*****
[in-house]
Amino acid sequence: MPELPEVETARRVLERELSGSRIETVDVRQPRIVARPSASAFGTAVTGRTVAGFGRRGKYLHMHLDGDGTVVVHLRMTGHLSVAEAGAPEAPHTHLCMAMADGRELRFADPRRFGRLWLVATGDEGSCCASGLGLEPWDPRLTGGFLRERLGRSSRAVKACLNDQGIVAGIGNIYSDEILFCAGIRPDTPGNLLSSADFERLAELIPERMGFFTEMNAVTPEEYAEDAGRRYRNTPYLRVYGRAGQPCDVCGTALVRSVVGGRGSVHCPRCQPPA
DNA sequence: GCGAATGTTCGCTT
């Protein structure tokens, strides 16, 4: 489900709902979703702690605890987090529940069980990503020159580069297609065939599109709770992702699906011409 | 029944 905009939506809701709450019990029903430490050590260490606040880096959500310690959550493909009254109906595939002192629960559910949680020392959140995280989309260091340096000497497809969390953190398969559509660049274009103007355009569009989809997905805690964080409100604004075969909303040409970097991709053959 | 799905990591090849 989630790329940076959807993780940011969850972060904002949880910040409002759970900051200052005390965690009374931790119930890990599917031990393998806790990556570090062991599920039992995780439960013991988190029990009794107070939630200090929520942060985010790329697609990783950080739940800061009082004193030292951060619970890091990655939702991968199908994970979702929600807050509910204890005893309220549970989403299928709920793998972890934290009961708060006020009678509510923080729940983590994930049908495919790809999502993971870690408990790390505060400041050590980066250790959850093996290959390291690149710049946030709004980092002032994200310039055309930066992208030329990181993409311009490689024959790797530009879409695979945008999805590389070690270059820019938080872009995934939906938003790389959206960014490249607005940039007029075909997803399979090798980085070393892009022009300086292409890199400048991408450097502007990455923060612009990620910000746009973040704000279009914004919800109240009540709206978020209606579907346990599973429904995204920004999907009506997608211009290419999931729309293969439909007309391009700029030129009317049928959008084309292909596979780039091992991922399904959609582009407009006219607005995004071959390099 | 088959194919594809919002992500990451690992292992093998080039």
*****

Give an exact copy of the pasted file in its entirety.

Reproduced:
[in-house]
Amino acid sequence: MPELPEVETARRVLERELSGSRIETVDVRQPRIVARPSASAFGTAVTGRTVAGFGRRGKYLHMHLDGDGTVVVHLRMTGHLSVAEAGAPEAPHTHLCMAMADGRELRFADPRRFGRLWLVATGDEGSCCASGLGLEPWDPRLTGGFLRERLGRSSRAVKACLNDQGIVAGIGNIYSDEILFCAGIRPDTPGNLLSSADFERLAELIPERMGFFTEMNAVTPEEYAEDAGRRYRNTPYLRVYGRAGQPCDVCGTALVRSVVGGRGSVHCPRCQPPA
DNA sequence: GCGAATGTTCGCTT
């Protein structure tokens, strides 16, 4: 489900709902979703702690605890987090529940069980990503020159580069297609065939599109709770992702699906011409 | 029944 905009939506809701709450019990029903430490050590260490606040880096959500310690959550493909009254109906595939002192629960559910949680020392959140995280989309260091340096000497497809969390953190398969559509660049274009103007355009569009989809997905805690964080409100604004075969909303040409970097991709053959 | 799905990591090849 989630790329940076959807993780940011969850972060904002949880910040409002759970900051200052005390965690009374931790119930890990599917031990393998806790990556570090062991599920039992995780439960013991988190029990009794107070939630200090929520942060985010790329697609990783950080739940800061009082004193030292951060619970890091990655939702991968199908994970979702929600807050509910204890005893309220549970989403299928709920793998972890934290009961708060006020009678509510923080729940983590994930049908495919790809999502993971870690408990790390505060400041050590980066250790959850093996290959390291690149710049946030709004980092002032994200310039055309930066992208030329990181993409311009490689024959790797530009879409695979945008999805590389070690270059820019938080872009995934939906938003790389959206960014490249607005940039007029075909997803399979090798980085070393892009022009300086292409890199400048991408450097502007990455923060612009990620910000746009973040704000279009914004919800109240009540709206978020209606579907346990599973429904995204920004999907009506997608211009290419999931729309293969439909007309391009700029030129009317049928959008084309292909596979780039091992991922399904959609582009407009006219607005995004071959390099 | 088959194919594809919002992500990451690992292992093998080039």